In preparation for our visit in April, I went to the two Jewish Museums and lined up a guest speaker/guide for us to cover all matters related to one of our classes. Even though I've been there many times and seen the memorial, it still is always poignant to see the Judenplatz memorial...


Alexa am Graben after our typical Sunday Viennese breakfast at the Cafe Museum...


I have more pictures, but have not yet downloaded them from my phone.

Suffice it to say - France one weekend, Austria the next has kept me busy. Train travel, great food, great museums and of course spending a weekend with my daughter was well worth the train ride.

Nürnberg is on tap for this weekend with the group.



A full moon arrives tonight. Here is a shot from the center of town on my way to rehearsal last night...


Clear skies, cold temperatures - well, not that cold at 30-32 degrees - made for a crystal clear pair of evenings. It's nice to have some sunshine and clear skies since there have been a lot of mostly cloudy, rainy, and snowy days here in Deutschland.

I logged a really good base training month in Iowa during December, as well as hit it pretty hard in early January before coming over on this side of the pond. I had several weeks of 12 - 14 hours which is not bad at all for me in the early stages of base training, but at the time I thought maybe it was too early to be logging like that. However, I knew that once in Germany the work schedule would not allow for a good January due to a lot of things being front end loaded for administrative duties.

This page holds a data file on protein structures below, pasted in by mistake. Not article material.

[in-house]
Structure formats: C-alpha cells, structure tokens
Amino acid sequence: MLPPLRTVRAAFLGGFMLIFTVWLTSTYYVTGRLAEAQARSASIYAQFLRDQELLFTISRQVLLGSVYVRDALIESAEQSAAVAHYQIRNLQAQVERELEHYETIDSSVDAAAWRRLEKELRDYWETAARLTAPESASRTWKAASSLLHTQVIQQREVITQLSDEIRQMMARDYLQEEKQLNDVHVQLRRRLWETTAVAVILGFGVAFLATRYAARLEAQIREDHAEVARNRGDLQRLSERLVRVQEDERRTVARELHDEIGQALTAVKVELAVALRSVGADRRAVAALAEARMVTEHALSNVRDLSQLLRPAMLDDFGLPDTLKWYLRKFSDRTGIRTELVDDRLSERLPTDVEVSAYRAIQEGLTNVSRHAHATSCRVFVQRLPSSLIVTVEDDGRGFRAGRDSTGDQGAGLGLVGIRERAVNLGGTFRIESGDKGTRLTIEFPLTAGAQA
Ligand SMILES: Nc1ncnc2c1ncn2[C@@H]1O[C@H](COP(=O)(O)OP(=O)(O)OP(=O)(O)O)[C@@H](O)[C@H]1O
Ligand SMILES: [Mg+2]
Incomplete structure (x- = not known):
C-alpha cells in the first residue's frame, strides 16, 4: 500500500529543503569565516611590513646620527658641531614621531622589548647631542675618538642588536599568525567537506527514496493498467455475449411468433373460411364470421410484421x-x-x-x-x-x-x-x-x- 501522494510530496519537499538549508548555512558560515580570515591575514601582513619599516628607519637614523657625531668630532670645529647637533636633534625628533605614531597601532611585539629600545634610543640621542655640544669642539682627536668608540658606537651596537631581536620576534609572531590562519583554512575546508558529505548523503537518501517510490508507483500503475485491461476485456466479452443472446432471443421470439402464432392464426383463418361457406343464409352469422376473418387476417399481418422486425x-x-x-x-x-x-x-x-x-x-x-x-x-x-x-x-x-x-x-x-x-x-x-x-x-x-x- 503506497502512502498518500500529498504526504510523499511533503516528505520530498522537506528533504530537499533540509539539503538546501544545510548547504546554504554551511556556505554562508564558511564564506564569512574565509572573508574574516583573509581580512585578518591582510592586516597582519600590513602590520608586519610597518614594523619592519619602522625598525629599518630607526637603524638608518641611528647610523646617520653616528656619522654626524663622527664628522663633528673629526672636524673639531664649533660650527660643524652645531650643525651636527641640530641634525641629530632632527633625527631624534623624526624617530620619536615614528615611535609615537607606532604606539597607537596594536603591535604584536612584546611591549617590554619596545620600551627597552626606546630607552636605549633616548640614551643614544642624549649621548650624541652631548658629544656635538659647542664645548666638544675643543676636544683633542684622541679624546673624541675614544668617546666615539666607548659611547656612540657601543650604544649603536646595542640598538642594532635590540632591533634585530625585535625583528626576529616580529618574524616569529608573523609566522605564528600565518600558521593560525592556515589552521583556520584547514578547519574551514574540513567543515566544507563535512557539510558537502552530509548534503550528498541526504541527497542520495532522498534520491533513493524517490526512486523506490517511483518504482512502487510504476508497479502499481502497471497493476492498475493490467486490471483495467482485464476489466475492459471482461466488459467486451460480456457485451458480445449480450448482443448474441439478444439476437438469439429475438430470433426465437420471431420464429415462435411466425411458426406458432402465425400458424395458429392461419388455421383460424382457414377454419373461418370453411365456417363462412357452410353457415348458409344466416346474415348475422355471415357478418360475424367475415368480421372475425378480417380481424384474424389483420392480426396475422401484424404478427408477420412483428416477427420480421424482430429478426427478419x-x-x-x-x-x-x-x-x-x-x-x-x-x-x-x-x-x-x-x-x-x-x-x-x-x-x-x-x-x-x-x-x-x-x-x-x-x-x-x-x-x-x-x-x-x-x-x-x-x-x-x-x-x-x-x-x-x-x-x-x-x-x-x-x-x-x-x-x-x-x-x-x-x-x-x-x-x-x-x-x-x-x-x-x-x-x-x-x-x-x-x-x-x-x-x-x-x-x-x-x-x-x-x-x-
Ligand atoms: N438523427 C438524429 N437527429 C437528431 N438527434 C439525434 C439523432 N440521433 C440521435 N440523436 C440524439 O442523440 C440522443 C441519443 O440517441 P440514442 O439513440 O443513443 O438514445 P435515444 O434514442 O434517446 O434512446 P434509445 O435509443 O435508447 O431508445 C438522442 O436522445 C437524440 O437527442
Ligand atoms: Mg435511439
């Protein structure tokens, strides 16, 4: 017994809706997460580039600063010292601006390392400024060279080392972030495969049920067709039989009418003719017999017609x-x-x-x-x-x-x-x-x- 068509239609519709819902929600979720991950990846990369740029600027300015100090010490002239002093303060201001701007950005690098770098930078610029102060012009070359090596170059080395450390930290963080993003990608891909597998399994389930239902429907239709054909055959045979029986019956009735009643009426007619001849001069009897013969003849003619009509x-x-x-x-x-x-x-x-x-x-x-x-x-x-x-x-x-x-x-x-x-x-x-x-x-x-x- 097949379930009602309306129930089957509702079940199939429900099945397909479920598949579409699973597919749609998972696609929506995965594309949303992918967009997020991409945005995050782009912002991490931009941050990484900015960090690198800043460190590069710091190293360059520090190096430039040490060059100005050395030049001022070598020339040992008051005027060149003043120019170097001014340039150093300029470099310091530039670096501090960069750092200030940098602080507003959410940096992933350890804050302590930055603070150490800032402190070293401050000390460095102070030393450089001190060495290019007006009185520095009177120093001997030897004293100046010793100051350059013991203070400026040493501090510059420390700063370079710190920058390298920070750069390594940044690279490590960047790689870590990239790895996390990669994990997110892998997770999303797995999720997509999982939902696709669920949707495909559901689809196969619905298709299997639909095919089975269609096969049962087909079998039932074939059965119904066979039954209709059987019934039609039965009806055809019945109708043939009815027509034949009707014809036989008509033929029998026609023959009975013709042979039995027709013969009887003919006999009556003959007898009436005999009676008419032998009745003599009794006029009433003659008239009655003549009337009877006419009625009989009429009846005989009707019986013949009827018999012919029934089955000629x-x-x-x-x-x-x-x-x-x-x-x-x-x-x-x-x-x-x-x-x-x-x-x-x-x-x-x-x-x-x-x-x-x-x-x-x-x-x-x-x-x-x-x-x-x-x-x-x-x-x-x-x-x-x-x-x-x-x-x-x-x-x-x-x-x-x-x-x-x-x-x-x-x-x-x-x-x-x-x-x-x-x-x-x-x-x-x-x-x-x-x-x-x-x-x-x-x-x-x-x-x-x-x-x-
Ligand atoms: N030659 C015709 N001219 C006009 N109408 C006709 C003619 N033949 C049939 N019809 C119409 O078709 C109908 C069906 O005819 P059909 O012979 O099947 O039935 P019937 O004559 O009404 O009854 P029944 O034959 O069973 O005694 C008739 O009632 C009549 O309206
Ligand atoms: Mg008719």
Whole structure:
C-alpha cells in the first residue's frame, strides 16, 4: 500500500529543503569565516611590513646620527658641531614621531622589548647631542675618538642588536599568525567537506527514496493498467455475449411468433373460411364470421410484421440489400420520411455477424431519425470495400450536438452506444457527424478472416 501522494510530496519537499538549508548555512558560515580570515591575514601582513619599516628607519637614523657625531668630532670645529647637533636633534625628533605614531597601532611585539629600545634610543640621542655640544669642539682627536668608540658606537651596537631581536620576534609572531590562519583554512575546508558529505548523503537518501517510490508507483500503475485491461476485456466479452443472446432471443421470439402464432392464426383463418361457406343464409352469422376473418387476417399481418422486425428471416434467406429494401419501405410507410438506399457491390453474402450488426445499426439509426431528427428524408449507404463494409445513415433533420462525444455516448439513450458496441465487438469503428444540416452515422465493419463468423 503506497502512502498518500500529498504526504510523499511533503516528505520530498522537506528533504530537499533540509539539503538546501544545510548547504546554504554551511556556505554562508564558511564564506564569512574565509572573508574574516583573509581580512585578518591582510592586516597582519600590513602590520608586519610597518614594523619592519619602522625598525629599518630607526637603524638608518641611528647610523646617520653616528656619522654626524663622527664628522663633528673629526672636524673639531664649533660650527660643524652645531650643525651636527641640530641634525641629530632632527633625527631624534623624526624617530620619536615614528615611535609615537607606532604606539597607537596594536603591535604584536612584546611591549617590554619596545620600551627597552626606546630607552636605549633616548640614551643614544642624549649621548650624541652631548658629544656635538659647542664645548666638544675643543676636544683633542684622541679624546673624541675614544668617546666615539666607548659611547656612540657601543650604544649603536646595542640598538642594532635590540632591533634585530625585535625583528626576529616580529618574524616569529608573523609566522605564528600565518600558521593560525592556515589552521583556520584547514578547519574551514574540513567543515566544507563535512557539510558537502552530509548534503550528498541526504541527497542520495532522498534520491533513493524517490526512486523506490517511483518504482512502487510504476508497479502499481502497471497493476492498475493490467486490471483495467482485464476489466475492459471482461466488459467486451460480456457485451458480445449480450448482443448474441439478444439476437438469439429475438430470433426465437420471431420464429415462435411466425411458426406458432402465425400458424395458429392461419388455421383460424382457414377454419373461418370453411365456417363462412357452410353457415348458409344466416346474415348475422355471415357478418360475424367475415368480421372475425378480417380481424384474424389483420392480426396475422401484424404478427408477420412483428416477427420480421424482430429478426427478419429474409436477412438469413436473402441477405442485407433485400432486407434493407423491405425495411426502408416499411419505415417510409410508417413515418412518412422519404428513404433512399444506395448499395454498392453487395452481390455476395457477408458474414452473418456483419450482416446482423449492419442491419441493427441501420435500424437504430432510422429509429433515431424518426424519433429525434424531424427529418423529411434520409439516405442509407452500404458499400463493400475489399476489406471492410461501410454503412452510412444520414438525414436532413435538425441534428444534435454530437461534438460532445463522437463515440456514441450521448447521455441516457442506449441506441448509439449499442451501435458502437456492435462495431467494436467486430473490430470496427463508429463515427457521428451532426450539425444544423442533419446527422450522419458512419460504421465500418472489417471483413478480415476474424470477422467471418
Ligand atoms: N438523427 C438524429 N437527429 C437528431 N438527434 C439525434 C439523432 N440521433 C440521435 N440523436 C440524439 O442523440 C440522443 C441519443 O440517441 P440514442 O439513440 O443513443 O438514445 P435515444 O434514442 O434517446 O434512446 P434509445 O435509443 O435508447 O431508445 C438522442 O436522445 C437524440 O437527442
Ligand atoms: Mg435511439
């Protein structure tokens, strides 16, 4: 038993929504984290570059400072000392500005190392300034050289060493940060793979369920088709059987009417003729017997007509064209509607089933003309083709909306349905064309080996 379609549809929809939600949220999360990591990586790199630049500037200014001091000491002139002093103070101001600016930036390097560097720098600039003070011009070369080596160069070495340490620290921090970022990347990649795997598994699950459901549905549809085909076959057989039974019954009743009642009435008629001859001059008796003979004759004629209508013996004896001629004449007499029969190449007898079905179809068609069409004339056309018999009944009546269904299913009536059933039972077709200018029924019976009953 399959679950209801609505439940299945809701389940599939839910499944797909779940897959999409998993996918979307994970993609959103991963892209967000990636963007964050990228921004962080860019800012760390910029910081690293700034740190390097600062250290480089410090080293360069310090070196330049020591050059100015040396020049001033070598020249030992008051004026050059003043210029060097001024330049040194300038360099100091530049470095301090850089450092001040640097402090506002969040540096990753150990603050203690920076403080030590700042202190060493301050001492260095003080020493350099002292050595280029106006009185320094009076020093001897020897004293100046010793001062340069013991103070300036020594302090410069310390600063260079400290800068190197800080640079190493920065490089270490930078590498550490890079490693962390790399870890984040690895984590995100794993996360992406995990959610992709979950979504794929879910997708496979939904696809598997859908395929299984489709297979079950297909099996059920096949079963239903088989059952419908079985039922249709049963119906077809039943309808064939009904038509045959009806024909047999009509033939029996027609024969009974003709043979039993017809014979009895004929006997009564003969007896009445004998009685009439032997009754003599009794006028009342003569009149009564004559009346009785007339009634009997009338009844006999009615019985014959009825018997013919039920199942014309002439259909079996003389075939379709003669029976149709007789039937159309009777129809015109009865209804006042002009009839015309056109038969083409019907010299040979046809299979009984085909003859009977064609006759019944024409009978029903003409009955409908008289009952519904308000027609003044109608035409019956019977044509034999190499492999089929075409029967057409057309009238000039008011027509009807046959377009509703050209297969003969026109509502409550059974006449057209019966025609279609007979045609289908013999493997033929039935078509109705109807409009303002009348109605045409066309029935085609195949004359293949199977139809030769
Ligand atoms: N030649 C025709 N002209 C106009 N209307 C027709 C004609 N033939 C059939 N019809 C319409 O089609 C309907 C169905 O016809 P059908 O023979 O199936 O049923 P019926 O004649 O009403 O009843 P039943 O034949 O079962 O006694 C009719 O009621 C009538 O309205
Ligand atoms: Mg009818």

Temperatures were warm the first two weeks I was here in Germany allowing me to get out on the bike to keep things tuned up, but the past week was pretty poor for pedal time due to my work schedule, having caught a chest cold, and the weather keeping me indoors. OK - it was abysmal training wise! I didn't worry about it as work was more important. I did manage to get some good weight training in to at least keep the metabolism fired up.

I am trying to rectify the pedal time this week with a jumpstart right back into the base building mode with careful time management. I'm not sure how I am going to get the hours back that I really need, but at least I've got 2:10 logged to start this week on a roll which allowed me to leave a big puddle on the gym floor. I am missing the home basement gym to say the least as I don't have to walk 30 minutes to get there, and 30 minutes back home when finished.

At least I am getting 60-90 minutes a day of walking (7 days a week!). That doesn't count for pedal time though. Time to pose a coaching question about how to integrate the walking.

Update: LW says with regard to all the walking I am having to do...

This is a common dilemma for athletes working physical jobs. It is appropriate to reduce the volume of your riding to account for your walking time.
– Drop all the optional recovery rides and use your walking time for that.
– In recovery weeks 3, 6, 9, 12 drop days 2 and 4 in favor of passive rest.
– Shorten the warm up and cool down time on interval rides to compensate for your walking volume.
– If you are tired in any week on day 2, drop all sessions that day in favor of passive rest.